When America became a nation, a woman had no legal existence beyond her husband. If he abused her, she couldn’t leave without abandoning her children. Abigail Adams tried to change this, reminding her husband John to “remember the ladies” when he wrote the Constitution. He simply laughed―and women have been fighting for their rights ever since. Fearless Women tells the story of women who dared to take destiny into their own hands. They were feminists and antifeminists, activists and homemakers, victims of abuse and pathbreaking professionals. Inspired by the nation’s ideals and fueled by an unshakeable sense of right and wrong, they wouldn’t take no for an answer. In time, they carried the country with them. The first right they won was the right to learn. Later, impassioned teachers like Angelina Grimké and Susan B. Anthony campaigned for the right to speak in public, lobby the government, and own property. Some were passionate abolitionists. Others fought just to protect their own children. Many of these women devoted their lives to the cause―some are famous―but most pressed their demands far from the spotlight, insisting on their right to vote, sit on a jury, control the timing of their pregnancies, enjoy equal partnerships, or earn a living. At every step, they faced fierce opposition. Elizabeth Cobbs gives voice to fearless women on both sides of the aisle, most of whom considered themselves patriots. Rich and poor, from all backgrounds and regions, they show that the women’s movement has never been an exclusive club.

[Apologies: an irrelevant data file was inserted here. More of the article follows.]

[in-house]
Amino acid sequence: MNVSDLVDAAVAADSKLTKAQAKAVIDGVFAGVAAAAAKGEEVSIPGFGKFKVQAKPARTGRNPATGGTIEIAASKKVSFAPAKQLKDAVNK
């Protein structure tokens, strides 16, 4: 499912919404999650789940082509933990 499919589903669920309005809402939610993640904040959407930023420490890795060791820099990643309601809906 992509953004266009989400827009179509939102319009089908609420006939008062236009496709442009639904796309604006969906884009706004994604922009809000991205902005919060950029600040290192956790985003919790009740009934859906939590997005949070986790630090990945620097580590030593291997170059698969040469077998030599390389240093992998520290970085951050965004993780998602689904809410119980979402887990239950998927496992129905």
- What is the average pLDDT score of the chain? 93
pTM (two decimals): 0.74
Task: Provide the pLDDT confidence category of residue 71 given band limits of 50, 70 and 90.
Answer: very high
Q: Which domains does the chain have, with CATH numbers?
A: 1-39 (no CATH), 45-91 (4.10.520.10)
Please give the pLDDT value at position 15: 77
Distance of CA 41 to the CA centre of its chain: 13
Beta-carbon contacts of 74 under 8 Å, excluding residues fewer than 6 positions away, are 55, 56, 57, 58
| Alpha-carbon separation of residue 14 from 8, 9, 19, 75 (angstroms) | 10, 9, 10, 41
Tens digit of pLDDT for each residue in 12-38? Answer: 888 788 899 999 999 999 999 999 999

Award-winning historian Elizabeth Cobbs brings fresh, unexpected perspectives to our understanding of the past and present. Building upon worldwide archival research and her own extraordinary life experiences, Elizabeth writes best selling fiction and non-fiction that is both scholarly and witty. Her path-breaking books, articles, and documentary films reveal a world that is as intriguing and surprising as it is real.Elizabeth earned her Ph.D. in American history at Stanford University. She now holds the Melbern Glasscock Chair at Texas A&M University. Her books have won four literary prizes, two for American history and two for fiction, and she has won four prizes for documentary filmmaking. Elizabeth has been a Fulbright scholar in Ireland and a Fellow at the Woodrow Wilson International Center for Scholars in Washington, D.C. She has served on the Historical Advisory Committee of the U.S. State Department and on the jury for the Pulitzer Prize in History.